Top 5 myths about living in Chennai

Published - November 04, 2017 10:00 am IST

15mp sowcarpet

15mp sowcarpet

Traditional. Old-fashioned. Language problems. These and a host of other factors are attributed to Chennai, one of the most misconstrued cities in India.

With a rich and glorious past and a highly promising future, Chennai’s present is one that’s gracefully modern. It’s difficult to restrict Chennai to saturated stereotypes like Rajnikanth jokes or Brahmin men with three ash strokes on their foreheads and dusky women with bunches of jasmine in their hair going ‘aiyo’ in surprise at the smallest hint of modernity.

The city wears its heavy mantle of culture with aplomb, welcoming more and more visitors and residents to its filter coffee drenched folds.

The IT industry has invaded Chennai in recent years and, like other cities in India, it too has seen a dramatic increase in its migrant population as jobseekers from all over the country land here. But despite its cosmopolitan outlook, myths about Chennai persist. Here are five of the most common ones that you should be aware of if you are thinking of living in Chennai.

Tamil should be part of your survival toolkit

Well, it’s always good to know the local language. But Chennai’s diversity means that you can still get by with other languages.

Areas like Sowcarpet and George Town, which have a strong North Indian population have aided in the widespread use of Hindi. Telugu is also widely spoken according to statistics from the 2011 Census.

Only South Indian fare is available

Sure, Chennai serves up the fluffiest idlis , crispiest dosas , light-as-air vadas , and the most aromatic sambar . But the city has tons more on offer for the hungry explorer.

Go to Mylapore, and you will get Amudha’s spicy bajjis .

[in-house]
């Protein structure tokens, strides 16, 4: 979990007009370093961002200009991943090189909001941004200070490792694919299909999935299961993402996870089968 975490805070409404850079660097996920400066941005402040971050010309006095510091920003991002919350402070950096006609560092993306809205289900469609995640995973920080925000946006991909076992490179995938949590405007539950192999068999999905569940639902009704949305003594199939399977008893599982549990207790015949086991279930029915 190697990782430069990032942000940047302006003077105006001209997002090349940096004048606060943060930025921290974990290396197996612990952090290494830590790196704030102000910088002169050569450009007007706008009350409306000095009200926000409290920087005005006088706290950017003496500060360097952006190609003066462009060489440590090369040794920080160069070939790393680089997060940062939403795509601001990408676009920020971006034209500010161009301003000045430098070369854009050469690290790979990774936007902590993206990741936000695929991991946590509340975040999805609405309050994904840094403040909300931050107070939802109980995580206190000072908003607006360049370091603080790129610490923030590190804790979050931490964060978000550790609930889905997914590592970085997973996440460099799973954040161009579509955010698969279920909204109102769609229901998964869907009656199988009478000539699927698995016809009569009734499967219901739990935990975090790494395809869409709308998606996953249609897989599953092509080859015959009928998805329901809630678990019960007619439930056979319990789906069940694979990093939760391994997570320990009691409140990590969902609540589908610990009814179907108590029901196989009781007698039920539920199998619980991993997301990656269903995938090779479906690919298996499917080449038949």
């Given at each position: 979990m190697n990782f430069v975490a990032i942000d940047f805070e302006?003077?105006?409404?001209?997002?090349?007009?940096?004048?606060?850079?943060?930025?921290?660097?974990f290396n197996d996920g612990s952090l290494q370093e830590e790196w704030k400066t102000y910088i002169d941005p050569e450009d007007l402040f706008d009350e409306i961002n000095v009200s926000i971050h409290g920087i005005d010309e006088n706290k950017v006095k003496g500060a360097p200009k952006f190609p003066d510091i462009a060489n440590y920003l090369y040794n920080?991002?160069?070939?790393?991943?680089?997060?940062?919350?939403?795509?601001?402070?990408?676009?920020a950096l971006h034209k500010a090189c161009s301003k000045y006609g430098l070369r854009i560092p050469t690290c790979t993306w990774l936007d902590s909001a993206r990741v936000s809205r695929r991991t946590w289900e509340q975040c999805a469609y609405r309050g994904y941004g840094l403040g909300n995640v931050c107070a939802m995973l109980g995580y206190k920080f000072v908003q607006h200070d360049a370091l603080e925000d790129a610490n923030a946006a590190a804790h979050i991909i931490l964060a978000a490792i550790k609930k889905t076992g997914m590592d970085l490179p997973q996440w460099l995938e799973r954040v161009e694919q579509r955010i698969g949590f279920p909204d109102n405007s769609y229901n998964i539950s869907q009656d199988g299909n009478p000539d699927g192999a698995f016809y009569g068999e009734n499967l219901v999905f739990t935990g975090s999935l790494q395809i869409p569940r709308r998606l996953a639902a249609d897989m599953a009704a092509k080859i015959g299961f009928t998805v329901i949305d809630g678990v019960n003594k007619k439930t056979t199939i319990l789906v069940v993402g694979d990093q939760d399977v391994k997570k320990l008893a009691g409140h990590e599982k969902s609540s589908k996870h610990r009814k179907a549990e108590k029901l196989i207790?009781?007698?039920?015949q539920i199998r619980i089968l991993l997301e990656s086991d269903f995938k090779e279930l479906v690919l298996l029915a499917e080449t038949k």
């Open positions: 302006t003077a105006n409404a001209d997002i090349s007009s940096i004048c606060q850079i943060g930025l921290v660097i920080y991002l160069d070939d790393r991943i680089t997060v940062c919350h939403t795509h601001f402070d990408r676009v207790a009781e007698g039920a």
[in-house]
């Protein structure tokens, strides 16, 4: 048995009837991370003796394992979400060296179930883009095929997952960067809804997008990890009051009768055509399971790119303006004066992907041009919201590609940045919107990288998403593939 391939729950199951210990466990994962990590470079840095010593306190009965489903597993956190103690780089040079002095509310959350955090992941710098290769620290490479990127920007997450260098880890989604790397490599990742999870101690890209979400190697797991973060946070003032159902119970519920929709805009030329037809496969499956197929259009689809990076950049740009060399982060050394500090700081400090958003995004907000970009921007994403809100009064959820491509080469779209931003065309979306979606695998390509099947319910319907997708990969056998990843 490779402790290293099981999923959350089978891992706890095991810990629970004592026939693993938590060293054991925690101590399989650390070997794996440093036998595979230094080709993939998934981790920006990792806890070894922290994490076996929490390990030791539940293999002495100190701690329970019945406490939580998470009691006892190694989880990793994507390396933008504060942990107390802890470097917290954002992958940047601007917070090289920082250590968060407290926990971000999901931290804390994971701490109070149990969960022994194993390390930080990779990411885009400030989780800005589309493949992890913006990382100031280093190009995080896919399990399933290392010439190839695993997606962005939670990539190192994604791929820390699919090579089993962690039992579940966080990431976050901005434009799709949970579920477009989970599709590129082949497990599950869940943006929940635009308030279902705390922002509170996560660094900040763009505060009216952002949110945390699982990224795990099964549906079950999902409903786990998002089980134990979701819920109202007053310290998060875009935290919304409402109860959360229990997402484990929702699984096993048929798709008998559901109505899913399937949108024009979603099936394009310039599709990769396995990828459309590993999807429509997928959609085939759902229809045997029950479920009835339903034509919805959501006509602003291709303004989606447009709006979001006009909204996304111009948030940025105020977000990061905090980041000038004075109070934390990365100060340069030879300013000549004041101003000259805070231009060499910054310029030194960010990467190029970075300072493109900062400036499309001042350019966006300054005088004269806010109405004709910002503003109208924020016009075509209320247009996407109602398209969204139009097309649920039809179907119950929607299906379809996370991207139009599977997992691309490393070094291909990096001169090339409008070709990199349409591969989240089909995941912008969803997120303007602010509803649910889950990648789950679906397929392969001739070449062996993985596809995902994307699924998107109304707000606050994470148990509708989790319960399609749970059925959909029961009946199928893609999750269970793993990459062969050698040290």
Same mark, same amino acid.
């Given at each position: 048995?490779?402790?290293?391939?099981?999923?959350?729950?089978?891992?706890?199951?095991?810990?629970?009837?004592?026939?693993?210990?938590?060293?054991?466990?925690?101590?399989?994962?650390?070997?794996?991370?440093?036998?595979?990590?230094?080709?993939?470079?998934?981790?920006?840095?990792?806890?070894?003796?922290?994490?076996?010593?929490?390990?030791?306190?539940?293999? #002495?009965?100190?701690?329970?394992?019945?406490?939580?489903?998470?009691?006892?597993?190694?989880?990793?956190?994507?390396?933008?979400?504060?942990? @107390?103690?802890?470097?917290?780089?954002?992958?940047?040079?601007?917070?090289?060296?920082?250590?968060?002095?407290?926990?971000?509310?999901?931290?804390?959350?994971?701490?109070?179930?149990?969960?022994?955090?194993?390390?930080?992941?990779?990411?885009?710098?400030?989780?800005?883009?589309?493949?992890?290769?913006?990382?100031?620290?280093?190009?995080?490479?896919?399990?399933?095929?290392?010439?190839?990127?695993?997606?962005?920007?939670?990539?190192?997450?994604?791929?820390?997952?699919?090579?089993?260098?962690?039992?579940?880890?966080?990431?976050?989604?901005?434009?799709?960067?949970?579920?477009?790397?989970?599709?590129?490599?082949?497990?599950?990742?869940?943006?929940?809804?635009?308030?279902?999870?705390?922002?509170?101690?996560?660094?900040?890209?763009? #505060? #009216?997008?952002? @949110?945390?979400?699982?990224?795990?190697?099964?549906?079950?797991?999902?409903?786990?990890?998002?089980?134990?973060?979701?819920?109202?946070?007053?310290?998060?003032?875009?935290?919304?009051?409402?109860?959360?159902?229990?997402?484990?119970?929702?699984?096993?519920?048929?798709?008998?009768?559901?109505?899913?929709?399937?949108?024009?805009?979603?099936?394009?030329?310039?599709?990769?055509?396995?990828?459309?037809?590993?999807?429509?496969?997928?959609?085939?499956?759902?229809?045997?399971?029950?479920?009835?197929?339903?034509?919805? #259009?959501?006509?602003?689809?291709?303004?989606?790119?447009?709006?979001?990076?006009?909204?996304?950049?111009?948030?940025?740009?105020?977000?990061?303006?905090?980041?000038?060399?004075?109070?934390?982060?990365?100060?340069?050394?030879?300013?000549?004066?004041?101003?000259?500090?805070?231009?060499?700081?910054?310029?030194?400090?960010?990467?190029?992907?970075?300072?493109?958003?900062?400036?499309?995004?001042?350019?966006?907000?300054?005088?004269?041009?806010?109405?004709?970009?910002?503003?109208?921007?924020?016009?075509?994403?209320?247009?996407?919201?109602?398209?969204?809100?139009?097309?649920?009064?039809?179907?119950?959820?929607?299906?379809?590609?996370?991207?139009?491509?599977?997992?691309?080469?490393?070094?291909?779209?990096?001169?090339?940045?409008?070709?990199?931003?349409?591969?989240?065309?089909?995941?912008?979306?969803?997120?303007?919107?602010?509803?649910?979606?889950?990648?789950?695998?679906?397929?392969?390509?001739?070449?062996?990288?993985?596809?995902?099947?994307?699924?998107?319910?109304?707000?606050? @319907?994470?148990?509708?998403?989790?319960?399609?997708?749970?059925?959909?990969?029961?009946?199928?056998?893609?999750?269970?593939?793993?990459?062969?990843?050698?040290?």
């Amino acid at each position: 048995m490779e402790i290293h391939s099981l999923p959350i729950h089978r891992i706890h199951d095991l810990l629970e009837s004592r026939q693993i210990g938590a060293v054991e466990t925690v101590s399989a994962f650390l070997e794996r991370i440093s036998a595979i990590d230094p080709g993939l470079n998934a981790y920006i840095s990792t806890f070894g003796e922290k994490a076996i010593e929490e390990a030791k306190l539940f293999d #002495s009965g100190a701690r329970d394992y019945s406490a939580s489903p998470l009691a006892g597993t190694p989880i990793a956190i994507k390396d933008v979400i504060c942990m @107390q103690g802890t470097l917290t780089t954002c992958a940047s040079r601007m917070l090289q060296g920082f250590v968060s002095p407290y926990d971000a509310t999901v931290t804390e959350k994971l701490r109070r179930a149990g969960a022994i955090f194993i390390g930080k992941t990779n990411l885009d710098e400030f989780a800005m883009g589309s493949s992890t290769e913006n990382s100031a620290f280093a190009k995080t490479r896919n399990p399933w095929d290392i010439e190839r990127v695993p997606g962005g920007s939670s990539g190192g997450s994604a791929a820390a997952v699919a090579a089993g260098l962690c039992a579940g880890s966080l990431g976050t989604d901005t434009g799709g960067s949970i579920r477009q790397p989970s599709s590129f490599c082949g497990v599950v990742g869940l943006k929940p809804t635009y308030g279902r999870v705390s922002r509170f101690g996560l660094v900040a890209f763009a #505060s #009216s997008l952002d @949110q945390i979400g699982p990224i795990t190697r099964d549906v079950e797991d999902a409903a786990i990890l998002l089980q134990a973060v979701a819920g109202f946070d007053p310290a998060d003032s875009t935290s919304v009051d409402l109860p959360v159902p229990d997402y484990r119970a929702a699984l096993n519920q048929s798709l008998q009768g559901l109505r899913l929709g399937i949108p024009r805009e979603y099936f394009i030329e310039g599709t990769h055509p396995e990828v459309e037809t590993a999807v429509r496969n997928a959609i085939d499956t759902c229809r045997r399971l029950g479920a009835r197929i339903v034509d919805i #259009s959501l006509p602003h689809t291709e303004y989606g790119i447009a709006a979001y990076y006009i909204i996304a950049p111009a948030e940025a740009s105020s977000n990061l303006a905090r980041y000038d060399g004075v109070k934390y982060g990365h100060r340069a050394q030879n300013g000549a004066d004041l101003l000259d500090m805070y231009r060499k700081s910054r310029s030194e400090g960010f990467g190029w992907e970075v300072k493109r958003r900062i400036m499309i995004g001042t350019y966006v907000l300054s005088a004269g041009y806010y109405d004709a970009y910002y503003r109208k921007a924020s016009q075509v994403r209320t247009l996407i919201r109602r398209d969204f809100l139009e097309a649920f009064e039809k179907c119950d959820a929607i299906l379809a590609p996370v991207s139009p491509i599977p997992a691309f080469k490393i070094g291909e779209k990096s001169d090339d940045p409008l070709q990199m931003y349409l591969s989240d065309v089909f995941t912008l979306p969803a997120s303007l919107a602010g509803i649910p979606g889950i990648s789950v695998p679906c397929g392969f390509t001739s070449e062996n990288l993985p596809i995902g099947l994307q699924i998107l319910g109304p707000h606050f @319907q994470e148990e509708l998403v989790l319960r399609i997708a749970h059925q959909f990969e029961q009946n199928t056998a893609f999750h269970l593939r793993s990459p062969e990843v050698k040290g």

Go to Mint Street in Sowcarpet, and you can sample Bhavin Mehta’s famous vada pavs and Kakada Ramprasad’s Gujarati chaats, sweets, and other savouries including fafda .

Next door to Ramprasad is the Punjabi wrestler from Patiala who migrated to Chennai nearly three decades ago and whose shop Anmol Lassi serves up huge glasses of chilled lassi . Chennai has something for everyone.

Chennai is conservative and there is no nightlife

Chennai has a persistent image of a staid old maid, which is one of its biggest misperceptions.

Chennaiites can spend their evenings going for a Bharatnatyam performance, play or a Carnatic music performance. But. Entire evenings can also be spent pub hopping in Chennai, exploring some of its glitzy watering holes with quirky names like Illusions, 10 Downing Street, The Velveteen Rabbit, Big Bang Theory, and Moon and Six Pence, among others.

Rooftop restaurants are aplenty, offering great views and food, and if you are game to burn off that high-calorie dinner immediately, hit one of the city’s numerous swanky nightclubs.

Chennai sticks to tradition, saris, and dhotis

Yes, Chennai does stick to some of its traditions. But saris and dhotis have made way for smart corporate wear, chic casuals, and sharp semi-formals.

Summery dresses, fashionable skirts, shorts, and equally trendy accessories are in vogue. That doesn’t mean that those gorgeous Kanjeevarams are gathering dust in a cupboard. Women, including youngsters, are making saris a fashion statement by draping those beautiful weaves in different ways.

Chennai is not cosmopolitan

Let’s lay that myth to rest, please.

Chennai buzzes with the sounds of temple bells mingled with Sanskrit chants, vegetable vendors shouting out their wares in Tamil and chaat stall owners asking your spice level preferences in Hindi. This is the new Chennai. One that welcomes everyone with open arms and the second and third generation residents who are Sindhis, Punjabis, Rajasthanis and Bengalis will swear by this. Chennai is less insular and one of India’s most vibrant, cosmopolitan cities now.

Traders from all over India migrated to Chennai in the early 1900s and have remained here ever since giving rise to non-Tamilians who are more at home in Chennai than some Tamilians themselves.


This article is contributed by RoofandFloor , part of KSL Digital Ventures Pvt. Ltd., from The Hindu Group

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